Kiddo was still asleep as the sun came up. I had to pee. It was time.
For the past two weeks, I had been feeling off. At first, I thought my period was on its way. All the symptoms seemed right. I was tired, headachey, and had tender breasts. But after about a week, things changed. I could not shake this exhaustion and lately my stomach had been giving me problems. I also couldn’t stand the normal everyday smells I was used to. The scent of my usual morning cup of coffee would almost send me running for the toilet. Not to mention, I still had not felt any menstrual cramps.
So, I made my way to the bathroom. I dug out the pregnancy tests I kept stashed behind my tampons and toilet paper underneath the sink. I read the instructions carefully, even though I had done this before almost two years ago. I didn’t want to be unsure. I unwrapped the long, plastic stick. I uncapped it, revealing the small strip that was my target. I squatted over the toilet, positioned the test below me and went. I kept my eyes closed, controlled my breathing, and started counting. Inside my head the same mantra kept repeating, “Please be negative. Please be negative.” My last, desperate prayer to whatever higher power was listening.
I opened my eyes and looked down at the strip. I stared at it for a while. My breathing was starting to hitch and my eyes began to tear up. It was positive. There was no mistake. That plus symbol was clear as day. I was pregnant. I was pregnant, recently divorced, unemployed, in debt, I had just moved back in with my father and his wife, and I had a nine-month-old baby girl asleep in the next room. This was bad. This was really bad.
I quietly wrapped the offending test in some toilet paper and diligently buried it in the bathroom wastebasket. I made sure it was undetectable. I stuffed the wrapper in my pocket and made my way quickly back to the bedroom. I sat down at my computer and started looking up a local address and phone number for Planned Parenthood. As I reached for my cell phone, I decided I should call him first. He should know. Besides, I still didn’t know how I was going to pay for this all by myself.
I chose his name from the contact list and hit the call button. Three rings later and his voice was on the other end. He was not quite awake.
“Hey, you, “ he said. His voice was quiet, but he obviously sounded pleased to be hearing from me. My stomach did a flip and I took a shaky breath.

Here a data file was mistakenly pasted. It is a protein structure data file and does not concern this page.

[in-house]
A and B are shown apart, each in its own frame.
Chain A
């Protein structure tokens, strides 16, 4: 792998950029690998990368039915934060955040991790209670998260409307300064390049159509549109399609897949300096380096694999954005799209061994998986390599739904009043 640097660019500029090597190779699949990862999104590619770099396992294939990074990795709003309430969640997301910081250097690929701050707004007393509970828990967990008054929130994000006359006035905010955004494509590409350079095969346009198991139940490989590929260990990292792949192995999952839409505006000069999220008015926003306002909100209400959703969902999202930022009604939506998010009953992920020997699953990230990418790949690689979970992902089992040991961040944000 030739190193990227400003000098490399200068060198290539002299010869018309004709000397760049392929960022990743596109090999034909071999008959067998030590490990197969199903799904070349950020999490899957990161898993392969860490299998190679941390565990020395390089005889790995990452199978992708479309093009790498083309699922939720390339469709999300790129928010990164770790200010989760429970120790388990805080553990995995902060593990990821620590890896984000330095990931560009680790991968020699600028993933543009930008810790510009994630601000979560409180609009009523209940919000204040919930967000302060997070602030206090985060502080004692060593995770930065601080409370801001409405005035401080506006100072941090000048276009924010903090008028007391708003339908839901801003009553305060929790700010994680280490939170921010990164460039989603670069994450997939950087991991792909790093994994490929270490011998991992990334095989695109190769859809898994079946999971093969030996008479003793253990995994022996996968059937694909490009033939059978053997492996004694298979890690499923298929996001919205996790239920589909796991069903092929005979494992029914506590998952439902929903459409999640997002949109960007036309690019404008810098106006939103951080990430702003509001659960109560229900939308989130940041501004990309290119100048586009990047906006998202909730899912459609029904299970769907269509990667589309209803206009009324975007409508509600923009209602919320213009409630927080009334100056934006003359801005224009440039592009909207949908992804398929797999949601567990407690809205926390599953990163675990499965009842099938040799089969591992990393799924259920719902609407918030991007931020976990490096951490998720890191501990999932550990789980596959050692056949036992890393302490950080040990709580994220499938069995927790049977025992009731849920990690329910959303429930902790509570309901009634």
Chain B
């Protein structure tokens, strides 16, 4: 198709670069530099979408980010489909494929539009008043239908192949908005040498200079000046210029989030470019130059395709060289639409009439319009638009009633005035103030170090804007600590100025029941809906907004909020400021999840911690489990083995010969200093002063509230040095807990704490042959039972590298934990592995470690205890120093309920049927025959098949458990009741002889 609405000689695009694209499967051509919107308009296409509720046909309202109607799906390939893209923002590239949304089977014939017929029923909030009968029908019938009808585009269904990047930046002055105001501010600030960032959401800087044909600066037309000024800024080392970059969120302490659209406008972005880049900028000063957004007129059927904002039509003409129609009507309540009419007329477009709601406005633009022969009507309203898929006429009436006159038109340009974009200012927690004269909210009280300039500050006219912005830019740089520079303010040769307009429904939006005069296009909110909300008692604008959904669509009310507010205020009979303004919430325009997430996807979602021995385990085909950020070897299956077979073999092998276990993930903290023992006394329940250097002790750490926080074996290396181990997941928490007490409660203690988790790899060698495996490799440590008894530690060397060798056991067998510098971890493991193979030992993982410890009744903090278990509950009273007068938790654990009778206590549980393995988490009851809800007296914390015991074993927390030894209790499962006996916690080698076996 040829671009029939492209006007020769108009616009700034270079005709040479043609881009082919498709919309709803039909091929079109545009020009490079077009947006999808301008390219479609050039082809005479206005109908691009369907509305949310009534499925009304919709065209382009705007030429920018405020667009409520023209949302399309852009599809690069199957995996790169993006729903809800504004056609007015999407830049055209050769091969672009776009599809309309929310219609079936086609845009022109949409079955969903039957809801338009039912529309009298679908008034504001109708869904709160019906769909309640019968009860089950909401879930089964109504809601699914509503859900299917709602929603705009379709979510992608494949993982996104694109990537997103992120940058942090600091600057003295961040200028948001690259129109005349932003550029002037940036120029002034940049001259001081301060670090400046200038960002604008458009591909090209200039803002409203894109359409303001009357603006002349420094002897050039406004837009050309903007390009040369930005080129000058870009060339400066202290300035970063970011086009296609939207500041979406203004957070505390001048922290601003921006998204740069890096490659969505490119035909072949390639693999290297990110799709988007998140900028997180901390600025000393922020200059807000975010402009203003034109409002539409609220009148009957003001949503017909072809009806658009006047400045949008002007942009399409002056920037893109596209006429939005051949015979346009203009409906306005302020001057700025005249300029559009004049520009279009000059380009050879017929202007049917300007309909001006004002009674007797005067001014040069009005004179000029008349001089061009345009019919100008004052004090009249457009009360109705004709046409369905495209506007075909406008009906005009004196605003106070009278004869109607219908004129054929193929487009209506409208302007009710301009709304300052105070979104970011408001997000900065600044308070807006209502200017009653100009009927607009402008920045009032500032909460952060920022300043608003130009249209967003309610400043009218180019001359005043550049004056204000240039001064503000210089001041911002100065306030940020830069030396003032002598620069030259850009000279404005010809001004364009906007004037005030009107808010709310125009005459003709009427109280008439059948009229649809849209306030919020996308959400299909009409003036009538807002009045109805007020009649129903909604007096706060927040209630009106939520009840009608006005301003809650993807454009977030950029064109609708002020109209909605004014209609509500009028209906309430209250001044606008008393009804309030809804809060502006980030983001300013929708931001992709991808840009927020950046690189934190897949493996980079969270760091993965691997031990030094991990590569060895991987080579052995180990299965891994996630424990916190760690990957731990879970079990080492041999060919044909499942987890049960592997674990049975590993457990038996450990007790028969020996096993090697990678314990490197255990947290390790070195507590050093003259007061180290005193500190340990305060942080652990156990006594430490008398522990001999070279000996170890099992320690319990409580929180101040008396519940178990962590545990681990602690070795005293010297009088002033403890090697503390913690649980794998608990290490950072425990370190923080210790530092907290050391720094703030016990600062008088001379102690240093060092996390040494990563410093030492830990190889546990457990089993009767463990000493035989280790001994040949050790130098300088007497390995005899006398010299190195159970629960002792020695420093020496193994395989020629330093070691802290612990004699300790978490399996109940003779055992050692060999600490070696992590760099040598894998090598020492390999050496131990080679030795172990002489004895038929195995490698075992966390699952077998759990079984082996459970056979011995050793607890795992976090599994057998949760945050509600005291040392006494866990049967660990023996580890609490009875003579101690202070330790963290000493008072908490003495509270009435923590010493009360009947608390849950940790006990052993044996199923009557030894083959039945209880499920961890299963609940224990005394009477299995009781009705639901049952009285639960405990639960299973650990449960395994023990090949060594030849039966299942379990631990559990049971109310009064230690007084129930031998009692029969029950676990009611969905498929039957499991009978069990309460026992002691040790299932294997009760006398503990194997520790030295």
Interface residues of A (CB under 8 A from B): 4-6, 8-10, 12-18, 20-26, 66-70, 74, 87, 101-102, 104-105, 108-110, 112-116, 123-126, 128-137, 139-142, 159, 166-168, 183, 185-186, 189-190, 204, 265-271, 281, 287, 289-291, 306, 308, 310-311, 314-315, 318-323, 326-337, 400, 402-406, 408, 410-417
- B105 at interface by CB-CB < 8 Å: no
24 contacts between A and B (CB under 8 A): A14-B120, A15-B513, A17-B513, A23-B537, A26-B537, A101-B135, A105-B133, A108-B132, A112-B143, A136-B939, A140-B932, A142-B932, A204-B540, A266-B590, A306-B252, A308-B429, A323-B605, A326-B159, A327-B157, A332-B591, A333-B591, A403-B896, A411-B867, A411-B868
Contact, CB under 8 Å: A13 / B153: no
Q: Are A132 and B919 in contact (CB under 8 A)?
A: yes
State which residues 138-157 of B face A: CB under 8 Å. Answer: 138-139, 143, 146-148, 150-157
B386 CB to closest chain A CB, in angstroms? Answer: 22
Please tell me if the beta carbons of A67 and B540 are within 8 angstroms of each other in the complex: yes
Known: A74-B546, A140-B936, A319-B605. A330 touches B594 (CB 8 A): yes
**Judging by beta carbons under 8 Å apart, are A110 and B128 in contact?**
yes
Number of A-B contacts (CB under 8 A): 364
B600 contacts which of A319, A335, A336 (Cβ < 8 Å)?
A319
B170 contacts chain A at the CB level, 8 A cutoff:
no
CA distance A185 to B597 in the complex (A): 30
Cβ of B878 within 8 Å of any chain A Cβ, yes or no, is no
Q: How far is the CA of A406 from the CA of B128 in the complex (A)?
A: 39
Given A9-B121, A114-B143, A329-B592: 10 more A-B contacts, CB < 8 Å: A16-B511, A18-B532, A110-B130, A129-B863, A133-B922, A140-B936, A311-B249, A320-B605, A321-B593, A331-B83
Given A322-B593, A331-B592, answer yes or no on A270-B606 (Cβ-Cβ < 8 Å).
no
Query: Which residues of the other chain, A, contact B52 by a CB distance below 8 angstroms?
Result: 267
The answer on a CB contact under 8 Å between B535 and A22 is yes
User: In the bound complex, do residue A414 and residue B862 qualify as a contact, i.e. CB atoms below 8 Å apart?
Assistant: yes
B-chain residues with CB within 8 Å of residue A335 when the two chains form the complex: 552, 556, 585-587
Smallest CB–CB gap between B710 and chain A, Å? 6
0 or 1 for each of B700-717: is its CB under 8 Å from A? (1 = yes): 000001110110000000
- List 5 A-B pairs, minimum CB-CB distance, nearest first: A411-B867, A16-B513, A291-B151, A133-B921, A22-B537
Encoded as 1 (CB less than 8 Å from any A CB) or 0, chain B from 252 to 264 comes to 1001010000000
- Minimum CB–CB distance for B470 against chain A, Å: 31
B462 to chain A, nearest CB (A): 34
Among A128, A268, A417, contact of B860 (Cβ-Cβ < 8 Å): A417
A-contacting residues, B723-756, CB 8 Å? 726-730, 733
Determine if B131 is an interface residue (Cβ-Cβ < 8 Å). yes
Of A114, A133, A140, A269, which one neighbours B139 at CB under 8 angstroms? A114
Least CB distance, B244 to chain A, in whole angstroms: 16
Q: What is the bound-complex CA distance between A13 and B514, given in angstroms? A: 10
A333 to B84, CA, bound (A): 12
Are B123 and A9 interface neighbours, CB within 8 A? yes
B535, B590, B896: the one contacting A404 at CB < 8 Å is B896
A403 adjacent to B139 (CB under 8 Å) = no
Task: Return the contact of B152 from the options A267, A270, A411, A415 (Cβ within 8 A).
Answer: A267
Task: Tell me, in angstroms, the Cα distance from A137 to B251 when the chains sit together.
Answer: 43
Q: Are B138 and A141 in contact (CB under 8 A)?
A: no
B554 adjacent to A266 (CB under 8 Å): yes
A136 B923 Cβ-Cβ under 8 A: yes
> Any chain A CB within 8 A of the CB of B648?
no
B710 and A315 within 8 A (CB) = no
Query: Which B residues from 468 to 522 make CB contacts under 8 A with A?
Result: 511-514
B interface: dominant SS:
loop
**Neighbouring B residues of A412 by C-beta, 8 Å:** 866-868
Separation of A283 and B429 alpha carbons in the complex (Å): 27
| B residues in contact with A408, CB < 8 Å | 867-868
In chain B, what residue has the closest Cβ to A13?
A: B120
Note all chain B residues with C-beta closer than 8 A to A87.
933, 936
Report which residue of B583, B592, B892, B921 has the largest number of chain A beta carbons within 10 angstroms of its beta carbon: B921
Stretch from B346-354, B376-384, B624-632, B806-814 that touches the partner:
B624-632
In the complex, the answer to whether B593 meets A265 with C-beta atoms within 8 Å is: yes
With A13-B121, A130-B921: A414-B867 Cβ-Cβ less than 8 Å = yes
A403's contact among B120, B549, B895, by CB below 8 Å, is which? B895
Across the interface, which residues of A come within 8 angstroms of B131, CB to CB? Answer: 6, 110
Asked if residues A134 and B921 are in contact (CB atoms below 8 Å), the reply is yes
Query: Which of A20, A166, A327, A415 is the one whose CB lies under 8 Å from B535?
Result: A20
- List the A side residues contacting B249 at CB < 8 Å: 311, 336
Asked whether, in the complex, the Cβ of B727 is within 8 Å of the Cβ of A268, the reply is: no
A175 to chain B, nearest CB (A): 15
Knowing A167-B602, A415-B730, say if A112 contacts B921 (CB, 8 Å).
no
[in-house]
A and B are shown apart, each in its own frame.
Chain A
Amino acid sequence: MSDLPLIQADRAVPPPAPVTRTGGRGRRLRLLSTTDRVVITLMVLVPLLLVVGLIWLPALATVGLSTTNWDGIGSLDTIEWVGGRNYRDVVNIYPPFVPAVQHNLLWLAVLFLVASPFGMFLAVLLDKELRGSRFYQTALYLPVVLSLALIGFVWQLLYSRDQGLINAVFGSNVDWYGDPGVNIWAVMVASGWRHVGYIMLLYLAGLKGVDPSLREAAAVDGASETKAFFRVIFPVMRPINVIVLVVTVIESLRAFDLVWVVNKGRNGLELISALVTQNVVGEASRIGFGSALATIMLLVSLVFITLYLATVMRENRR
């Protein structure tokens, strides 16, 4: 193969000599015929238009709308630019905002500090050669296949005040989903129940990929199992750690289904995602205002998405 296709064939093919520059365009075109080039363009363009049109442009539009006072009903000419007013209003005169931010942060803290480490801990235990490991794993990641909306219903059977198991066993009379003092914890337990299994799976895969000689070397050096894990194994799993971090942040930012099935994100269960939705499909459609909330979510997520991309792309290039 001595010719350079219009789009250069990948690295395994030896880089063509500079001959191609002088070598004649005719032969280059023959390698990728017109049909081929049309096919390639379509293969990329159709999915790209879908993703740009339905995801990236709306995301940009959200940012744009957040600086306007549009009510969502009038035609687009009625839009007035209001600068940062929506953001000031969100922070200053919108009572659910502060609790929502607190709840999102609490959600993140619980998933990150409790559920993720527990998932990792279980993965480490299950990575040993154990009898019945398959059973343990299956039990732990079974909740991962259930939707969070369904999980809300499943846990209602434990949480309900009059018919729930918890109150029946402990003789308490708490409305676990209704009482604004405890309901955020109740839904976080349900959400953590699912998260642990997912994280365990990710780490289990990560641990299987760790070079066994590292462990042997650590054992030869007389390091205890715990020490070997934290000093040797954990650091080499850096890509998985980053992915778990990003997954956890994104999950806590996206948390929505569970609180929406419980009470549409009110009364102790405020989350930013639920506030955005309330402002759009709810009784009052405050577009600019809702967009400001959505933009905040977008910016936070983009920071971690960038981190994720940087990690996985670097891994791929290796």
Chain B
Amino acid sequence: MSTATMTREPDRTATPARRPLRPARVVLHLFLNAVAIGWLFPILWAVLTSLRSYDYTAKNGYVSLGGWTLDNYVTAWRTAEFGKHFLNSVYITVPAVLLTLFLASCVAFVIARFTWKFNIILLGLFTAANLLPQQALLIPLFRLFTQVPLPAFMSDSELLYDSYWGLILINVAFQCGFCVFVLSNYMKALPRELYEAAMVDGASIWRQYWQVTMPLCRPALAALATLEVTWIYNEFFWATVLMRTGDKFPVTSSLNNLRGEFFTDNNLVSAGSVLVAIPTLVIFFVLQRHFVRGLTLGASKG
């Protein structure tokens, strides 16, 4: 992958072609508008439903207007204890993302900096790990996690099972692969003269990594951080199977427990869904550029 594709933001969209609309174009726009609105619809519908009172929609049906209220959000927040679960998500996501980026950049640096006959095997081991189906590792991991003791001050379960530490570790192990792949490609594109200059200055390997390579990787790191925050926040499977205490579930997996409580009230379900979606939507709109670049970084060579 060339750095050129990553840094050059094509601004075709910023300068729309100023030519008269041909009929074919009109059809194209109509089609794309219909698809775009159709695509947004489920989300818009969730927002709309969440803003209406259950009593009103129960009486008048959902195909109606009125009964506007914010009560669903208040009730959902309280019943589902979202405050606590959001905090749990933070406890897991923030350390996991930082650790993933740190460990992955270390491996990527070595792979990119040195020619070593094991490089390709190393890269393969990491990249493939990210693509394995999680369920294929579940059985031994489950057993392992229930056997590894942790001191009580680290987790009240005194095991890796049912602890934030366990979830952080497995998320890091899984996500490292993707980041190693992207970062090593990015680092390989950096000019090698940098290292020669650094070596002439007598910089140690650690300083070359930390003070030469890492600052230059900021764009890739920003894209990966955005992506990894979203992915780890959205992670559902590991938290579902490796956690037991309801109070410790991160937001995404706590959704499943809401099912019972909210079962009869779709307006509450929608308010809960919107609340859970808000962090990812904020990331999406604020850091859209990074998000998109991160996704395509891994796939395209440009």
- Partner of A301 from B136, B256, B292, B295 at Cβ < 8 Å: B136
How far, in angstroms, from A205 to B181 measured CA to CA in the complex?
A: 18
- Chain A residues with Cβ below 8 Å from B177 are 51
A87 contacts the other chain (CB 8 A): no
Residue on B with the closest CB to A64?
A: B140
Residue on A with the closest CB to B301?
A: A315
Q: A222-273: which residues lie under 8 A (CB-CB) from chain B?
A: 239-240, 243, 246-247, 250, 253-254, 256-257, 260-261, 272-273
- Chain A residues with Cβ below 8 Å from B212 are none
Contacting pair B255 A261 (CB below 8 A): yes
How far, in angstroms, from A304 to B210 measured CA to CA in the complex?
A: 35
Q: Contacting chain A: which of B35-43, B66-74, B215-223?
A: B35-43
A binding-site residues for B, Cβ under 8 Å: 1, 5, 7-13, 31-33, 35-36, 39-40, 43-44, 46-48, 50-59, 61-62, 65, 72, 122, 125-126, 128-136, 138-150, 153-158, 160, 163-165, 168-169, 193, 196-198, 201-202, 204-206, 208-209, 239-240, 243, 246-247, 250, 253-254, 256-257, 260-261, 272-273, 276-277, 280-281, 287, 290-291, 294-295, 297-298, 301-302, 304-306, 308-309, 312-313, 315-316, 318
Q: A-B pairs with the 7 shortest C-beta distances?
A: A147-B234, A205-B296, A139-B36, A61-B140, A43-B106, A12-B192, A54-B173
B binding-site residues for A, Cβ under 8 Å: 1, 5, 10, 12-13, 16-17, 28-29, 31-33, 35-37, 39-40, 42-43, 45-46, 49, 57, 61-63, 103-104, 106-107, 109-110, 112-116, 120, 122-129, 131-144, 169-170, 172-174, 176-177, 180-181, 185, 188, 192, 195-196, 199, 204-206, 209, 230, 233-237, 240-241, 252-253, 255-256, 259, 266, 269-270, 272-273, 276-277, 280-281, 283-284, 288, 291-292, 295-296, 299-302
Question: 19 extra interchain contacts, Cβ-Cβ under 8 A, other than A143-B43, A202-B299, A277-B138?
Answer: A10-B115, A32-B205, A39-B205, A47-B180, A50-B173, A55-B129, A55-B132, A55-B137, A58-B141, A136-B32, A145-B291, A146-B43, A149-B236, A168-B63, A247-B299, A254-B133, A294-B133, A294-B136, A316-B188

“I have to tell you something…,” I paused. My heart was pounding against my chest. How was he going to react? Was he going to freak out? We had talked briefly about such a situation when we started sleeping together about a month ago. He had reassured me that he didn’t want another kid. He was a single parent too. His daughter was younger than mine. Could I trust him?
“What is it? What’s wrong?” He was more awake now. I had tried to keep my voice calm, but I had apparently failed.
“I’m pregnant.” It was the first time I had said the words out loud. I could hear the panic in my own voice. I was on the verge of tears again.
There was a long pause. I could hear him breathing on the other end. I heard as he shifted his body and let out a sigh. “Oh, babe. OK. Let’s stay calm,” he said, trying to reassure both me and himself. I started to sob. “No, hey. It’s gonna be alright. Listen to me, babe. It’s gonna be alright. Tell me what you want to do.”
I told him I couldn’t do this. I couldn’t have another kid. I didn’t want another kid. I had Kiddo and she was perfect. I knew as soon as I had her that she was it. She would be my one and only. Besides, I was already unable to support her by myself. How was I going to support two kids? Christ, I was 24 and living with my parents again. I could not do this to her, to them, to myself. How utterly selfish and stupid would I have to be to have this baby? It would ruin my life. It would ruin Kiddo’s life and we were already off to a rough start as it was. Her father, my ex-husband, had walked out on us when she was only two months old. We had been married young and my birth control failed during the honeymoon. We didn’t even make it to our one year anniversary. Everything was crashing down on to me again. I could not do this.
For his part, Dave was amazing. He was supportive. When I told him I wanted an abortion, he asked all the right questions. Did I make an appointment with the clinic yet? Did I want him to come with me? How much was it going to cost? He didn’t even ask if he had to help pay for it. He simply offered to.